With no knowledge of germs, people relied on basic observations about sickness and health. They saw that people living near foul odor (like primitive sewer systems) were more likely to fall ill. The most noticeable issue was the smell – hence the theory.

Eventually, Pasteur and Koch would develop what is now known as “germ theory.” This changed how we conceive of disease. But there’s a valuable lesson in humanity’s previous mistaken understanding.

You can’t adequately protect yourself from something if you don’t understand the true nature of the threat.

When your network gets sick.

There’s a modern, technical equivalent to germ theory: cyber crime. On some level, we all acknowledge the similarities. After all, we call malicious software “viruses.”

Unfortunately, a lot of business owners understand as much about ransomware as folks in the Middle Ages understood about bacteria. Too many of us talk about malicious software like it just appears out of the ether.

We know how horrible viruses are when they strike. But do you really understand where they come from? If you don’t, your network could be exposed.

The origins of malware.

Malware doesn’t spontaneously appear. Viruses and ransomware are the direct results of intentional effort. Said another way, cyber attacks start with cyber criminals.

Their motivations vary from financial gain to political statements. Their objectives are the same either way. Cyber criminals create malware to disrupt computer systems and take networks offline. Even if they don’t make money from the attack, the financial impact on affected businesses is still considerable.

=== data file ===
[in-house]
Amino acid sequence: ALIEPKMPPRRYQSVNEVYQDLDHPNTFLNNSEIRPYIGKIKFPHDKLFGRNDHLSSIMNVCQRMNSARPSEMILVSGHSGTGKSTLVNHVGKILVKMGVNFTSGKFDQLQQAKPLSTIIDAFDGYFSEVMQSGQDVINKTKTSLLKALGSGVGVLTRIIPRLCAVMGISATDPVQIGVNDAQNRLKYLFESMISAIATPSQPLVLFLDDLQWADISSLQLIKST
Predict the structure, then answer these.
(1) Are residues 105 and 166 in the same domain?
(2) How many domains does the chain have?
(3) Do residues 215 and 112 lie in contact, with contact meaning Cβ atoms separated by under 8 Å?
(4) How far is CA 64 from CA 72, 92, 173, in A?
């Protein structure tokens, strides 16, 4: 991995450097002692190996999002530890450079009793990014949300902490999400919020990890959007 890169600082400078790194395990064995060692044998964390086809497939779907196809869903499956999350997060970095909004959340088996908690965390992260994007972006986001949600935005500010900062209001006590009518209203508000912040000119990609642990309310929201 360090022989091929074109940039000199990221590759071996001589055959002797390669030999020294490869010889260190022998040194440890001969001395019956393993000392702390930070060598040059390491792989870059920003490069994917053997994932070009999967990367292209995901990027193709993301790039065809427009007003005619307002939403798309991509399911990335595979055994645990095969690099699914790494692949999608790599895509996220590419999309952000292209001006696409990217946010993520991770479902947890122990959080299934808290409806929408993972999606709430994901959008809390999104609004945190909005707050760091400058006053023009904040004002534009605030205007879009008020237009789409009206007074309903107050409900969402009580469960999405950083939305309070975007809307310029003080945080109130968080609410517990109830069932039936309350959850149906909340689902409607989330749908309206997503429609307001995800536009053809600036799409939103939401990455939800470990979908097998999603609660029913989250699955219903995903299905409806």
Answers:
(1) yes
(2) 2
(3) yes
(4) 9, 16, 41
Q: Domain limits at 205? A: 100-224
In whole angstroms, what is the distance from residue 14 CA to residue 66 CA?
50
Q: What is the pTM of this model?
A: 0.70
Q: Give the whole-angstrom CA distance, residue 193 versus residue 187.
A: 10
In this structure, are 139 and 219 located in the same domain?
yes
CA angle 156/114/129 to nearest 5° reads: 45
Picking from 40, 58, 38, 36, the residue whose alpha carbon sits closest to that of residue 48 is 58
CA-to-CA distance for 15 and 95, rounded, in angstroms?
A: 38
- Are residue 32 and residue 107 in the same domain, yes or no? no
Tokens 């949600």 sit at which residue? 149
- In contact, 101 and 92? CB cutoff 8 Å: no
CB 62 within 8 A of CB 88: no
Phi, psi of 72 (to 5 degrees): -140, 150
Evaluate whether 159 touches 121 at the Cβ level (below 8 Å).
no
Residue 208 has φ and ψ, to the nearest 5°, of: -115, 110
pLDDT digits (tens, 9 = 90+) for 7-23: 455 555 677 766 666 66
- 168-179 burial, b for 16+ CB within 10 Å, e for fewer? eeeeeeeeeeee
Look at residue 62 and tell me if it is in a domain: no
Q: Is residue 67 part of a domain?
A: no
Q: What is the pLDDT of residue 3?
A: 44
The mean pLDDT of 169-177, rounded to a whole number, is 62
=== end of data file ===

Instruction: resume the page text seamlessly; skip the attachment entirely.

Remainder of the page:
The effects of cyber crime.

A recent Business Insider article starts with this ominous opening line.

“Warren Buffett sees cyber attacks as a bigger threat to humanity than nuclear weapons.”

That may sound like a dramatic overstatement, but the most recent cyber crime statistics lend Buffett’s assessment uncomfortable credibility. Cybersecurity Ventures estimates that the total cost of cyber crime will hit $6 trillion dollars by 2021. (Yes, that’s “trillion” with a “t.”) What’s more, half of all small to medium-sized business experienced at least one cyber attack in the last year. Finally, according to the Denver Post, “60% of small companies that suffer a cyber attack are out of business within six months.”

The financial impact of a single cyber attack is significant enough to undo the foundation of your business. That’s no small thing.

Stopping cyber crime.

You can’t stop something if you don’t understand it. Our efforts to stop literal epidemics weren’t nearly as successful as they could have been before we understood germ theory. Similarly, stopping cyber crime comes down to understanding the very nature of it.

If you want to protect your company, you have to tap into some serious know-how.

Of course, most small business owners don’t have the time for that. It can take years of experience to really understand the nature of cybersecurity. On top of that, the landscape of cyber crime is always changing. It’s not easy to stay current.

Which is why so many small businesses turn to outside help. Not only does it save you time, but it could easily save the future of your business should you experience a cyber attack.

CCS Technology and cybersecurity.

Here at CCS Technology, we understand the complexity of keeping your network safe. We know what’s at stake, and we know the kinds of tactics cyber criminals rely on. We have a consistent track record of safeguarding our clients, and we can help you beef up your security, too.

If you’re interested in giving your organization the protection you need from cyber crime, get in touch with us today. Our friendly technicians are ready to walk you through every step of the process.

Related Post: Cybercrime: 5 Things You Need to Know